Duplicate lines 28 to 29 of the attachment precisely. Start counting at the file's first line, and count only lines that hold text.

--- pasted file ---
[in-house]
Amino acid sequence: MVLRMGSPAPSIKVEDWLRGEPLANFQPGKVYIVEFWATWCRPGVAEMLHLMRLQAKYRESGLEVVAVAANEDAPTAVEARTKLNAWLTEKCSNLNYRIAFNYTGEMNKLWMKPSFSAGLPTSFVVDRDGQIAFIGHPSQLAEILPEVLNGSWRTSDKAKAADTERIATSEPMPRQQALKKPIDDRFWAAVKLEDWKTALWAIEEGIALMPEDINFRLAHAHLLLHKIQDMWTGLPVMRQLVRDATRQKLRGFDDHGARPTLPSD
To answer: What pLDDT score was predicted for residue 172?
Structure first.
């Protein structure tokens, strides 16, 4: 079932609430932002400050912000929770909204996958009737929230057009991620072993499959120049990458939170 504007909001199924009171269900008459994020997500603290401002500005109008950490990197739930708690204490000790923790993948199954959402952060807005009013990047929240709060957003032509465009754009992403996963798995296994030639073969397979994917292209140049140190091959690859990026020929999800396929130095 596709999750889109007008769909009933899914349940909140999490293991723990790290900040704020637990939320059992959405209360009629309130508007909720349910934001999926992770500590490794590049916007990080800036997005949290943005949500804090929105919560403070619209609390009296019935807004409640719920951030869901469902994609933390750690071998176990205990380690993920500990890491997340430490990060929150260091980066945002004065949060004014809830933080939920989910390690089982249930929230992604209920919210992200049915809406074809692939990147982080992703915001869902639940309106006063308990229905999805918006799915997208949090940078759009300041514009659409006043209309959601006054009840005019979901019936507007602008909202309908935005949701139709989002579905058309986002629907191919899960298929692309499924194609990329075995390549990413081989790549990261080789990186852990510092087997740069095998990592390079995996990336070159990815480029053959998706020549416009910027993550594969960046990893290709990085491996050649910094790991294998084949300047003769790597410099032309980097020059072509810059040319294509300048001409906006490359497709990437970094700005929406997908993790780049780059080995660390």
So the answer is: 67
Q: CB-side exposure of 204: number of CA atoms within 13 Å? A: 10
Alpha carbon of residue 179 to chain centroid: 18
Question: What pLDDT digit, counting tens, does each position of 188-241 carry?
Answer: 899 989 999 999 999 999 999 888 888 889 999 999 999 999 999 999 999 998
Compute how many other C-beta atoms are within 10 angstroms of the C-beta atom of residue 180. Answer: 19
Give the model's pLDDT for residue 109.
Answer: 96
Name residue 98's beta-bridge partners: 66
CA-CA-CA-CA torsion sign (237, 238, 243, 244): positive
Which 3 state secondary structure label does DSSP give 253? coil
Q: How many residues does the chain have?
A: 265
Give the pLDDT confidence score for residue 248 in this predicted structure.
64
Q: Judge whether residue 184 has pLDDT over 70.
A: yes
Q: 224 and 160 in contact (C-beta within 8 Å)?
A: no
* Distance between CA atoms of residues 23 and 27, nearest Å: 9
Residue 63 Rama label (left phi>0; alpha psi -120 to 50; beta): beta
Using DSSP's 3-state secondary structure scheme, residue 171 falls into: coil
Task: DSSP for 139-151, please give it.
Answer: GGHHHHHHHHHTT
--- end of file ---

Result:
Task: DSSP for 139-151, please give it.
Answer: GGHHHHHHHHHTT